PETER THE GREAT AS A SKEPTIC

(Investigator 6, 1989 May)
 

Peter Woolcock Ph.d.

(Dr. Woolcock is a lecturer in Philosophy at the S.A. College
of Advanced Education and is president of The Skeptics, S.A.)


Those of you who watched "Peter the Great" on television may well have wondered how much of it was true. If you have read Robert MASSIE's biography of Peter the Great, you would know that skepticism about the reliability of the TV series was often warranted. For example, there is no evidence other than rumour that Peter actually wielded the headsman's axe himself.

In fact, Peter would have sympathised with your skepticism, being somewhat of a skeptic himself – not a full skeptic as he was, after all, a sixteenth century Russian. Nonetheless, enough of a skeptic for his time for us to see him as a forebear, as the following extract from Massies's book illustrates. (Peter the Great built the city of St. Petersburg, now Leningrad, to provide the Russian fleet with a Baltic port, then forced large numbers of people to live there.)

"In 1720, an icon of the Virgin Mary in a church in St. Petersburg was said to be shedding tears because she was obliged to live in so dismal a part of the world. Chancellor Golovkin heard the report and went to the church, forcing his way through a dense crowd which had gathered to marvel at the phenomenon. Golovkin immediately sent for Peter, who was a day's journey away, inspecting the Ladoga Canal.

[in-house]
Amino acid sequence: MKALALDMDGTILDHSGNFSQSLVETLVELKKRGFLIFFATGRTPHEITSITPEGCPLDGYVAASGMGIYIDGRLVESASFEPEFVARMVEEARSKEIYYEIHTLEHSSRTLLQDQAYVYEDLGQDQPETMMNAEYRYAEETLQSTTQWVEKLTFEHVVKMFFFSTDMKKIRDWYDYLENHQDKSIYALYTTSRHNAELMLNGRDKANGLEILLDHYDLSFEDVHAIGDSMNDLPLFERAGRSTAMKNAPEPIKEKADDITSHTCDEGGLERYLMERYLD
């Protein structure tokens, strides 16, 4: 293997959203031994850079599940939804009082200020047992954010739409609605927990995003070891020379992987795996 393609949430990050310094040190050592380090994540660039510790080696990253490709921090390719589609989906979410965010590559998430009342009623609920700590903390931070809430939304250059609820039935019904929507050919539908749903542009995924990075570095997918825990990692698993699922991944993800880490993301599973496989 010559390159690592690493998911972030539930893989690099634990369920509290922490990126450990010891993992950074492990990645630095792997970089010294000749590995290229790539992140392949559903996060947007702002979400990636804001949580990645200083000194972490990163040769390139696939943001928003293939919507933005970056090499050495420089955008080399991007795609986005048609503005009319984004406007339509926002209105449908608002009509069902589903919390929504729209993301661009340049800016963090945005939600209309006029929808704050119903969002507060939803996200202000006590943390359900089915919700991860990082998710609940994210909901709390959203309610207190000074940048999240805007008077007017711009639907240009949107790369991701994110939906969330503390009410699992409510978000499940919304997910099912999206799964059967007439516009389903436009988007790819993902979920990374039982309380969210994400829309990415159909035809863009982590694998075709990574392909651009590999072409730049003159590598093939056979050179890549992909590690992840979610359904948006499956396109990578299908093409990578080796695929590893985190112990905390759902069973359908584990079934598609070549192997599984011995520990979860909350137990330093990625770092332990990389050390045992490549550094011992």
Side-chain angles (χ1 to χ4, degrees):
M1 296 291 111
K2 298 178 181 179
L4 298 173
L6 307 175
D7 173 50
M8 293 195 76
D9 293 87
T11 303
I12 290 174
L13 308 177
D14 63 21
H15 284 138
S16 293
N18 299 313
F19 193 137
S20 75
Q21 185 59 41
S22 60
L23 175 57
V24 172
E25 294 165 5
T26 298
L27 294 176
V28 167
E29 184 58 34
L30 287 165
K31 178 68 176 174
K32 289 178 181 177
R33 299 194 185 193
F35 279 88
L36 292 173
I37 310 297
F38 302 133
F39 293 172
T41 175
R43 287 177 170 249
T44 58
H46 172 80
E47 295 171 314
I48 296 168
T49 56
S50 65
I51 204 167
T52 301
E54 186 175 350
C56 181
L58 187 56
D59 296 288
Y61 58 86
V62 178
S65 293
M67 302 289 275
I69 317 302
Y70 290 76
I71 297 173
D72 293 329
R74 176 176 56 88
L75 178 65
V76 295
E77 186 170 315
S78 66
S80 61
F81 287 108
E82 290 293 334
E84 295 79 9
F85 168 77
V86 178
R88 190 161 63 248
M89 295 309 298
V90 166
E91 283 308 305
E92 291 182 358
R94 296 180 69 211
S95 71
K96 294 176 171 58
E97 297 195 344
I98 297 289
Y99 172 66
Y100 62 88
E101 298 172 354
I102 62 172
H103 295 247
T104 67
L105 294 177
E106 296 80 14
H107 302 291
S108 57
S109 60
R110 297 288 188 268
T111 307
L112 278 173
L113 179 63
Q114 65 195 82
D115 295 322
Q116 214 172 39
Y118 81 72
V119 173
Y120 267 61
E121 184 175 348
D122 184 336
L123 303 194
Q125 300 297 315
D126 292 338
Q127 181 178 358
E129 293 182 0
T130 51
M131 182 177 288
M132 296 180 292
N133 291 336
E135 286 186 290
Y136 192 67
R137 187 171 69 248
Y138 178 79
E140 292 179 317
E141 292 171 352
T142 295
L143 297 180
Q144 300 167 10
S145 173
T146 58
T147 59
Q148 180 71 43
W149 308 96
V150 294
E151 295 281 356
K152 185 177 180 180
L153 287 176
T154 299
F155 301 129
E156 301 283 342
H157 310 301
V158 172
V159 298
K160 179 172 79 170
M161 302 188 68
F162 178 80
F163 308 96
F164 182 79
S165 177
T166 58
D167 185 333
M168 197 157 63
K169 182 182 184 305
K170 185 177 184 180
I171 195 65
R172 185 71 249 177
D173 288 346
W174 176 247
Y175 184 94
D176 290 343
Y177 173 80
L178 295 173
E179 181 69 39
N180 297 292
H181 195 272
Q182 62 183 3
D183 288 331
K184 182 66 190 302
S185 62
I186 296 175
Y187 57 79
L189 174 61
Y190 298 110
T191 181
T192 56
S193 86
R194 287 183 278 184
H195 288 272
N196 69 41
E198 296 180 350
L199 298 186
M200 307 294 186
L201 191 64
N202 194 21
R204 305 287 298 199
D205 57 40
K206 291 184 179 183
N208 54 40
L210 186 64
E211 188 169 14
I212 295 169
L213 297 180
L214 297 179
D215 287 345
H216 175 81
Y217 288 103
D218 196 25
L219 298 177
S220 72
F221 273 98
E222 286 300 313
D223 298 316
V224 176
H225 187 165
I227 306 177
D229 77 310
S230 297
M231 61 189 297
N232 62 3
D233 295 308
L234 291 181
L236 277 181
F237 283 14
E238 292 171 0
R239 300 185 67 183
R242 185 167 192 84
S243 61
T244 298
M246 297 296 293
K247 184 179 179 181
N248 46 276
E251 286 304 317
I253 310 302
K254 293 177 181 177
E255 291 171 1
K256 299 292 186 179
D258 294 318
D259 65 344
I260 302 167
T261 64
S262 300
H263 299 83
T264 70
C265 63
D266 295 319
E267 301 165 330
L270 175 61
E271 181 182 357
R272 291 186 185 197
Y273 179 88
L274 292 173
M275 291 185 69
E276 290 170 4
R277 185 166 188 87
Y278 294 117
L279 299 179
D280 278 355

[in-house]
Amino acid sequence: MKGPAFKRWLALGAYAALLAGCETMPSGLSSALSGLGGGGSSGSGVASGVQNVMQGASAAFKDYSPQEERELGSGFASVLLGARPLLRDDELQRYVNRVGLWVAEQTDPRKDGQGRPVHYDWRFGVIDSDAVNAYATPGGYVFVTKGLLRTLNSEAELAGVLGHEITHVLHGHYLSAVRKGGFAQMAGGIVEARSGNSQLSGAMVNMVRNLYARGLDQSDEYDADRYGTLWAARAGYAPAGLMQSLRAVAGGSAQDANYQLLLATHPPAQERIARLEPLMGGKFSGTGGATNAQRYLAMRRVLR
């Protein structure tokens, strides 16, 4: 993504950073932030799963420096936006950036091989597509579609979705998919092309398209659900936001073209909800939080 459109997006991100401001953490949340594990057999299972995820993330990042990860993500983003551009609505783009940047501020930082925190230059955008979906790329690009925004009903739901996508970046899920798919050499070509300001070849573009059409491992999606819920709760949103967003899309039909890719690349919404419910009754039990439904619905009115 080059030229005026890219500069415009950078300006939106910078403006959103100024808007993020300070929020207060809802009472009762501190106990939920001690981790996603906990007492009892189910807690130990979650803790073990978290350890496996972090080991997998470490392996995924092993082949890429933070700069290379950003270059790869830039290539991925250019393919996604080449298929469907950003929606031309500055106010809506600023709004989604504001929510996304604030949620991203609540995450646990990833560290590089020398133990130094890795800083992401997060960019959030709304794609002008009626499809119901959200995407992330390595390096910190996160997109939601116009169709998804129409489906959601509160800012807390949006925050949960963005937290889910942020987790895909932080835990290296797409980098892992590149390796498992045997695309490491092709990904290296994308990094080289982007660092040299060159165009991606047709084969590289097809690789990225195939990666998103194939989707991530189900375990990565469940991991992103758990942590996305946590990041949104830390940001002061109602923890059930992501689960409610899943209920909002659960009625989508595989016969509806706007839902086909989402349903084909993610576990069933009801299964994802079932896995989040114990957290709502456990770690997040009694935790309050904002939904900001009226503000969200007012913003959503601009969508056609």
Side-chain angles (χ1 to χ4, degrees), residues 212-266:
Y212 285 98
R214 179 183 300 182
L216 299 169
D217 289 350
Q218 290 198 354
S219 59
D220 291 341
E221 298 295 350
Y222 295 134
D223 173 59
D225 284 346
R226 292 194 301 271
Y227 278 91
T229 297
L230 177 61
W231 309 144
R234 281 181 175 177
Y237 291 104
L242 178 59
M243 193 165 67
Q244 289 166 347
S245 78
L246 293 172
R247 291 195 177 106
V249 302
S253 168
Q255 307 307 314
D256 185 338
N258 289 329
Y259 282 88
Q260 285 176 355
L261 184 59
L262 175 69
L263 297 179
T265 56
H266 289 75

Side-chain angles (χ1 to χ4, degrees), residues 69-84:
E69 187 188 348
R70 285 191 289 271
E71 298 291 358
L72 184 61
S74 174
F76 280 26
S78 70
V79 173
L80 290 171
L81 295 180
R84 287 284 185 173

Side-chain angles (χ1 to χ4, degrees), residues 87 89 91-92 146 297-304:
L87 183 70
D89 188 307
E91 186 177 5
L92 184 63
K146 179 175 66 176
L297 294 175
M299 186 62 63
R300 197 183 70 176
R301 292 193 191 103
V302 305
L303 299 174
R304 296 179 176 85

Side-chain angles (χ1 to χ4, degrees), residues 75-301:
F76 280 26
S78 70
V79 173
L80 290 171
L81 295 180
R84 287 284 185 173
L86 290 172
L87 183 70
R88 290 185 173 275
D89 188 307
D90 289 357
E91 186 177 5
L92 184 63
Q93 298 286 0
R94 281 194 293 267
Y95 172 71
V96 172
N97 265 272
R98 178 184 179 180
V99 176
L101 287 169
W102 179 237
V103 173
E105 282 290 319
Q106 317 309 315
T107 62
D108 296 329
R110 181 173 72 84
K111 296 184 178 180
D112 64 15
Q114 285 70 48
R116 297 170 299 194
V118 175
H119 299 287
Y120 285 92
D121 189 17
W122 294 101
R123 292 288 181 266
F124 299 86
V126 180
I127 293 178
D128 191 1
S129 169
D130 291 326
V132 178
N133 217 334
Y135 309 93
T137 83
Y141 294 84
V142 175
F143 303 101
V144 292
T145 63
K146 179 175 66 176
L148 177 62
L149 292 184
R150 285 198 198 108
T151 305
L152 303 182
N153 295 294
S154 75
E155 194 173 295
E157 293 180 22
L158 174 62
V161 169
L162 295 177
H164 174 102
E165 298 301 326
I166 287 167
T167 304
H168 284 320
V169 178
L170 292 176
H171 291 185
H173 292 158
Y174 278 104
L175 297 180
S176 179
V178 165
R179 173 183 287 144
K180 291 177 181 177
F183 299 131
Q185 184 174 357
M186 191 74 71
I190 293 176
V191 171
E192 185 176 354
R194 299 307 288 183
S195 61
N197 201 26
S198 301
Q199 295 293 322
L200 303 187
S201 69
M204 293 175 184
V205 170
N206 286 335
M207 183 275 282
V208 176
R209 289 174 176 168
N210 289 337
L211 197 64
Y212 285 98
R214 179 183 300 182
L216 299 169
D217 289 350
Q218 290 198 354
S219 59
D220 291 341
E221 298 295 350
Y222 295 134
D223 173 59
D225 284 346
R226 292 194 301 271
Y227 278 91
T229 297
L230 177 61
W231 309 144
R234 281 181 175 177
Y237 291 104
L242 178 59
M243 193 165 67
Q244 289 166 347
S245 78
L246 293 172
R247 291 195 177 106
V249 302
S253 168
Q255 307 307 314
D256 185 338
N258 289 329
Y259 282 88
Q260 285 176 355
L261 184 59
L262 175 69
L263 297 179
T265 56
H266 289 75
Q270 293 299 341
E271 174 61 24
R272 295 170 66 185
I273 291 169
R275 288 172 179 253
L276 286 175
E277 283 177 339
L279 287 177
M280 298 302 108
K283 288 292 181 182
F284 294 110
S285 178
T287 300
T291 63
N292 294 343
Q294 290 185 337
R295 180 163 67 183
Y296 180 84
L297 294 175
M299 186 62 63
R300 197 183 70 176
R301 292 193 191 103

Peter came at once, travelling all night, and went directly to the church. The priests took him to the miraculous icon, which at that moment was dry-eyed, although numerous spectators assured him that they had seen.

Peter stared up at the icon, which was covered with paint and thick varnish, and decided that something about it looked suspicious. He ordered it lifted down from its elevated position and brought to his palace, where in the presence of the Chancellor, many noblemen, the leaders of the clergy and the priests who had been present when the icon was taken down, he proceeded to examine it. He soon found several tiny holes in the corners of the eyes which the shadows created by the curve of the eyes made invisible from below.

Turning the icon around, he stripped away the cloth that covered it behind. A little cavity had been hollowed out of the wooden plank, and in it was a small residue of congealed oil. "Here is the source of the miraculous tears", Peter declared, summoning everyone present to come close and see for themselves. The congealed oil remained solid as long as the icon was in a cold place, he explained, but during a service, when the surrounding air was heated by the burning candles placed before the icon, the oil became fluid and the Virgin "wept".

Peter was delighted with the ingenuity of the mechanism and kept the icon for his Cabinet of Curiosities. But he was extremely angry at the charlatan who had invoked superstition to threaten his new city. The perpetrator was found "and so severely chastised that no one afterward thought proper to attempt anything of a similar nature."

As we know, people have often thought it desirable to attempt things of a similar nature, for whatever reasons. While it may be pleasant to toy with the idea of Skeptic-Kings with the power of Peter the Great to "chasten" the credulous and their deceivers, we can only be grateful that our power is restricted to the appropriate form of persuasion by argument and example.


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